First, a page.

Congratulations to Samar Alsafadi for winning the 2019 Women in Cancer Research Scholar Award at the American Association for Cancer Research (AACR)!
Errors in reading the information contained in the core information of cells (DNA) lead to the production of altered cellular materials, that might have an altered function and/or form. These errors go by the scientific name of “aberrant alternative splicing” and are believed to be an important process in cancer development.
The mutations can be found in specific genes (like SF3B1, U2AF1, SRSF2 and ZRSR2) and, interestingly, usually only one mutation that leads to aberrant alternative splicing is found per cell. Analyzing cancer cells from uveal melanoma, the SF3B1 mutation was found to be common.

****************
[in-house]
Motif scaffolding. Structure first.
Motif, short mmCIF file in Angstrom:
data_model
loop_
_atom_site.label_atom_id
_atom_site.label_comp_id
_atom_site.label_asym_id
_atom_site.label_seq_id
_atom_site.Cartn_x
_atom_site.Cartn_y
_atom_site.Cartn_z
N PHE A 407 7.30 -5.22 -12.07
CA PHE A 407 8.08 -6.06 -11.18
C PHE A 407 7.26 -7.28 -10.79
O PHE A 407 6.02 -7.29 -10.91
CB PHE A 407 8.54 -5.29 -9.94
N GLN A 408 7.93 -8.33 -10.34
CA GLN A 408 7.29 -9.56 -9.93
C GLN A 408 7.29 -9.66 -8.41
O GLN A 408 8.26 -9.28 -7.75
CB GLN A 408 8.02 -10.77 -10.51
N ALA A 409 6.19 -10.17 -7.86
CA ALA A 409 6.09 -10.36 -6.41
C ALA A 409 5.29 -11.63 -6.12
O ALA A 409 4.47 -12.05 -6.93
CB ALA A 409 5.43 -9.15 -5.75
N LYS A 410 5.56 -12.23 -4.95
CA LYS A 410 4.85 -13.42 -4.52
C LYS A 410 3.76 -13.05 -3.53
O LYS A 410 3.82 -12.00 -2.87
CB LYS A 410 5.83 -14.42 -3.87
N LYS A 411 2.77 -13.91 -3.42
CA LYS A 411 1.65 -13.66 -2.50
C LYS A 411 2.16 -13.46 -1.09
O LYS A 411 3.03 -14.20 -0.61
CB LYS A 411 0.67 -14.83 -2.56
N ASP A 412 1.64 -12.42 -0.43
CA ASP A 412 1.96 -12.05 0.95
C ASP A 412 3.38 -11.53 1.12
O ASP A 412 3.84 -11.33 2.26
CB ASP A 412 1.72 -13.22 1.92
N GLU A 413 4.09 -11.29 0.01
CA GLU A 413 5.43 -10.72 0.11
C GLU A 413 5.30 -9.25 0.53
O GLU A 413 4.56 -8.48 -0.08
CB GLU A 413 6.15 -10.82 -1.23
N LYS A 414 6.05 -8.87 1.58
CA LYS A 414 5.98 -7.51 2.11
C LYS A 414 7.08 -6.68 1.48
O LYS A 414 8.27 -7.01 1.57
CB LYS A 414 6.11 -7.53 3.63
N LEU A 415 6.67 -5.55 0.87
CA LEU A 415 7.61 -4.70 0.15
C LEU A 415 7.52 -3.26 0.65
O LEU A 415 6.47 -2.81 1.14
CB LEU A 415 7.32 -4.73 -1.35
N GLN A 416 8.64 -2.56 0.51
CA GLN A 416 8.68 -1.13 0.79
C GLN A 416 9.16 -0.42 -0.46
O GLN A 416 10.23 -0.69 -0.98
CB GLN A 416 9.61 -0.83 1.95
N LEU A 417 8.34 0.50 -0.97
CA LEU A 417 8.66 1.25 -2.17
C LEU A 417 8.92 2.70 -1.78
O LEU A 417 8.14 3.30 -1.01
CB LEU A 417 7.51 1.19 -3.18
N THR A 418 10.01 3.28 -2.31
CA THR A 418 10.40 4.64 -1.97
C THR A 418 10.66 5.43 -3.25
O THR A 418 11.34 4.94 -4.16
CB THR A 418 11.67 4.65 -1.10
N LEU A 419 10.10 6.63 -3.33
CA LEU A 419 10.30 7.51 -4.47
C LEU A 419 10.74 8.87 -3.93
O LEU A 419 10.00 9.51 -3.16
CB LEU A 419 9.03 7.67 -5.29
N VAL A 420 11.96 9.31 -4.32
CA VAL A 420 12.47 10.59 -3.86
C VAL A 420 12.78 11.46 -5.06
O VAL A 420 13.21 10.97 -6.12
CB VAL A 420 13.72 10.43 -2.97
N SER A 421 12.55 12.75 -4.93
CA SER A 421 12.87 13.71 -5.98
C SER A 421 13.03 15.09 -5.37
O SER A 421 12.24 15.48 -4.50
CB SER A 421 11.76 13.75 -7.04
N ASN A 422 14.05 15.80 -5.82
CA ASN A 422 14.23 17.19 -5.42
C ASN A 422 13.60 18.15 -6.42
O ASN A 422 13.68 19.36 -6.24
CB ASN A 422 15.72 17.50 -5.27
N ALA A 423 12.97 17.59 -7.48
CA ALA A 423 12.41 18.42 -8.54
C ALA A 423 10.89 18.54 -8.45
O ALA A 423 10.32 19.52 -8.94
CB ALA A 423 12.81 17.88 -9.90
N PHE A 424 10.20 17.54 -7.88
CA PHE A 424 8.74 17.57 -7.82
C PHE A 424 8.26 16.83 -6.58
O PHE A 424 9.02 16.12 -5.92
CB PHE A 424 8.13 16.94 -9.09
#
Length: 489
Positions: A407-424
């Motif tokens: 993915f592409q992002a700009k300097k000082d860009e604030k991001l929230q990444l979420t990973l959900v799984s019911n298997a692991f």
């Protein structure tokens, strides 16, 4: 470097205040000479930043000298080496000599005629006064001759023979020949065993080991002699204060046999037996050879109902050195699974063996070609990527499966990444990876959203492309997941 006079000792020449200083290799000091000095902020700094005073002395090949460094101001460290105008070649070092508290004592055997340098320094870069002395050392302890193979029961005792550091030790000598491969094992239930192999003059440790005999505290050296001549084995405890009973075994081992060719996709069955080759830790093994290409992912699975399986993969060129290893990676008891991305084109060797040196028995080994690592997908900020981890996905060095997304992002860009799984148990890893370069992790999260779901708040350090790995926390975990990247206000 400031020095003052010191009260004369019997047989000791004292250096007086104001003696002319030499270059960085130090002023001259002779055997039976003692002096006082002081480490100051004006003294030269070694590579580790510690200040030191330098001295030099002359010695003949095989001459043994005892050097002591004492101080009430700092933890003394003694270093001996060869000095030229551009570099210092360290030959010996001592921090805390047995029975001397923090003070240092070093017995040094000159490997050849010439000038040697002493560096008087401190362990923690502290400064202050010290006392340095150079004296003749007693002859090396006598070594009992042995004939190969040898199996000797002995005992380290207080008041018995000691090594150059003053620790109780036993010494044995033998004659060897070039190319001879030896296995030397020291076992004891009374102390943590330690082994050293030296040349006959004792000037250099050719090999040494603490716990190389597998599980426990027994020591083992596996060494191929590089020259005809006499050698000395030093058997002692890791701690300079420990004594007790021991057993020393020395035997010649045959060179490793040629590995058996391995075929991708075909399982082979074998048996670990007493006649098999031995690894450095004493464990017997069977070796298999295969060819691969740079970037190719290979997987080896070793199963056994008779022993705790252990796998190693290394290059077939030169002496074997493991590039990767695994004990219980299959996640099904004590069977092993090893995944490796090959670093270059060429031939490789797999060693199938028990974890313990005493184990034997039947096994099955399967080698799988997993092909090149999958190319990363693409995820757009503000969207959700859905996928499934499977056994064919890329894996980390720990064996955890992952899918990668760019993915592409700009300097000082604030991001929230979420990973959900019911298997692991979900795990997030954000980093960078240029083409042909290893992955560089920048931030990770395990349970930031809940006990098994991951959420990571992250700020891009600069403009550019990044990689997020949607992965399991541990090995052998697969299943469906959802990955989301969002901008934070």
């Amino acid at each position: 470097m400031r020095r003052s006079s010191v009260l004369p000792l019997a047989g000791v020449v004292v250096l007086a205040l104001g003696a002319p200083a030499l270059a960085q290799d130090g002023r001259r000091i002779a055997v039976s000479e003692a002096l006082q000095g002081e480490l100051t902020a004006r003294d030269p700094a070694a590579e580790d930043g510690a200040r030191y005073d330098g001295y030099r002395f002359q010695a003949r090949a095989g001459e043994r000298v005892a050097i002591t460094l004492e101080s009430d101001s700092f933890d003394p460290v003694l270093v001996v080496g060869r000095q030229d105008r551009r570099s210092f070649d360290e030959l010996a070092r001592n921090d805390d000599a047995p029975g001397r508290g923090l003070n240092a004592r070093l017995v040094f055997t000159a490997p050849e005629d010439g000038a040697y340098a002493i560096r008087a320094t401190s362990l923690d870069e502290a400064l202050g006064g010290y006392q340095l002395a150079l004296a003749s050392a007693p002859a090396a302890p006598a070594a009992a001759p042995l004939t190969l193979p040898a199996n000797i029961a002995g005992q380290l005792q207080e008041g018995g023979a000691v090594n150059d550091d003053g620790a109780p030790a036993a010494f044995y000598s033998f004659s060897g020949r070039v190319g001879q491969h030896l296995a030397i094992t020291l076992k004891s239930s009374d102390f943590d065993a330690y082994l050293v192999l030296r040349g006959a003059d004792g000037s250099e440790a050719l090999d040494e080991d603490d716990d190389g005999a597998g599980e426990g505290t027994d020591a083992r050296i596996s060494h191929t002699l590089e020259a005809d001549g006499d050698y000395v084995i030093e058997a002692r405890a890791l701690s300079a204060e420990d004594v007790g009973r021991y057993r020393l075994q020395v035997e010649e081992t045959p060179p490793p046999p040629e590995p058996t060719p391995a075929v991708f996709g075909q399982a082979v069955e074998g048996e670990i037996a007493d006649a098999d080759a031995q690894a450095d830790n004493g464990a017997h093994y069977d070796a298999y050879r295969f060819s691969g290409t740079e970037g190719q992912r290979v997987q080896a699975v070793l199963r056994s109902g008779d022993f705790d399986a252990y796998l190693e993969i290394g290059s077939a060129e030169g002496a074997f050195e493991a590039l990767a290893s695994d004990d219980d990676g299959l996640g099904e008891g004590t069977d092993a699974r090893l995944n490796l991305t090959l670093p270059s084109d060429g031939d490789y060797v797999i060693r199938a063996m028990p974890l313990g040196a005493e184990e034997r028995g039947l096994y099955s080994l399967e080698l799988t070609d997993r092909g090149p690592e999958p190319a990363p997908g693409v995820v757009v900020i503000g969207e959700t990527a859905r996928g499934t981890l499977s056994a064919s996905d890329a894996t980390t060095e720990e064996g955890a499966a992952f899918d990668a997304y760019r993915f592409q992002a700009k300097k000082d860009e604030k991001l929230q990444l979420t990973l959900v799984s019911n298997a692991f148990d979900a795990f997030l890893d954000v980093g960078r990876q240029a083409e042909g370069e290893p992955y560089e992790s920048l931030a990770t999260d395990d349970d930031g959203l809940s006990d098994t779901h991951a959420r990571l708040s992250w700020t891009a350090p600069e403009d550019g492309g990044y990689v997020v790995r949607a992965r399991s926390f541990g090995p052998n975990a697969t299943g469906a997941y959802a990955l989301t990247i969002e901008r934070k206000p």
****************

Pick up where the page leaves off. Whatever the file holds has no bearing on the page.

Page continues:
The study led by Samar Alsafadi (Institut Curie) entitled "Comprehensive detection and analysis of mutant-SF3B1 splice pattern", which won the 2019 Women in Cancer Research Scholar Award at the AACR, highlights the potential of studying the result of altered splicing patterns when no specific splicing mutation is found.
This is explained by the “trademark” alterations that each splicing mutation has, and by the fact that normally only one of these mutations is found per cell. These new finding will help doctors to better classify patients’ tumors, hopefully leading to more personalized treatments for uveal melanoma.